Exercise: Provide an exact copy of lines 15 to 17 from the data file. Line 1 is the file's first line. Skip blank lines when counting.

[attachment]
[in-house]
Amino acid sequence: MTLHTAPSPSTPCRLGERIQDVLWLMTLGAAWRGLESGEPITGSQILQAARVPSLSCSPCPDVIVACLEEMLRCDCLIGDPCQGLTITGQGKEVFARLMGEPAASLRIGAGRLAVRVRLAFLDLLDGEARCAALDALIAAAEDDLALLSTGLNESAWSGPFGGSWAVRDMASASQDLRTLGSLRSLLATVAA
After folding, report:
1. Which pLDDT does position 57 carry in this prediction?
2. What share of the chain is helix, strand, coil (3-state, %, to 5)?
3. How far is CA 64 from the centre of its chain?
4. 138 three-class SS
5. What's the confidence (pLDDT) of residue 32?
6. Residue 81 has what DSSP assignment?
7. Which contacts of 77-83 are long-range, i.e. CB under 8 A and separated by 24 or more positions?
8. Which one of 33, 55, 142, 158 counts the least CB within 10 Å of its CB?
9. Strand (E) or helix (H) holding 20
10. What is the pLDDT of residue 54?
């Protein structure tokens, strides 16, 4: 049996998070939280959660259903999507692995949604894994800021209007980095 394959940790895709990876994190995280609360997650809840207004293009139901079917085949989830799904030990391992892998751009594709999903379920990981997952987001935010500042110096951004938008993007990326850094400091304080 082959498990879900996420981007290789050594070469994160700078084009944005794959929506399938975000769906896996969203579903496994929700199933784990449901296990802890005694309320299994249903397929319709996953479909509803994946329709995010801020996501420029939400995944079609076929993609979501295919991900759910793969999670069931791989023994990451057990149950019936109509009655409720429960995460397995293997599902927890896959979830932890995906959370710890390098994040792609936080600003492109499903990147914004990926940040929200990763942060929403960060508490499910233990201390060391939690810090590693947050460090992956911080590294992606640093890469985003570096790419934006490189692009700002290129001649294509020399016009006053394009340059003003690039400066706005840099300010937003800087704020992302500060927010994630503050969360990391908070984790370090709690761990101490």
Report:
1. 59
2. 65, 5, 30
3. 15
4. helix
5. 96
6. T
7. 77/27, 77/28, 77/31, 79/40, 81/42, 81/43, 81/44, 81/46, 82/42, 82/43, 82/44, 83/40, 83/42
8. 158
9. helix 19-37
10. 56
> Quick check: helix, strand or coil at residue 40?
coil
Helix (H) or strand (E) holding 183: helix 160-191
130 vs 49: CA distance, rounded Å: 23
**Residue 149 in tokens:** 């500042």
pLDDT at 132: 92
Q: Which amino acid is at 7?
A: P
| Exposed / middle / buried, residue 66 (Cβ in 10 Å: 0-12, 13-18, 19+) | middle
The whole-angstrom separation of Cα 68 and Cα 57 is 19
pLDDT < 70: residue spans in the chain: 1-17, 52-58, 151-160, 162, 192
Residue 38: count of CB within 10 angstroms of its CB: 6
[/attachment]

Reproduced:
Report:
1. 59
2. 65, 5, 30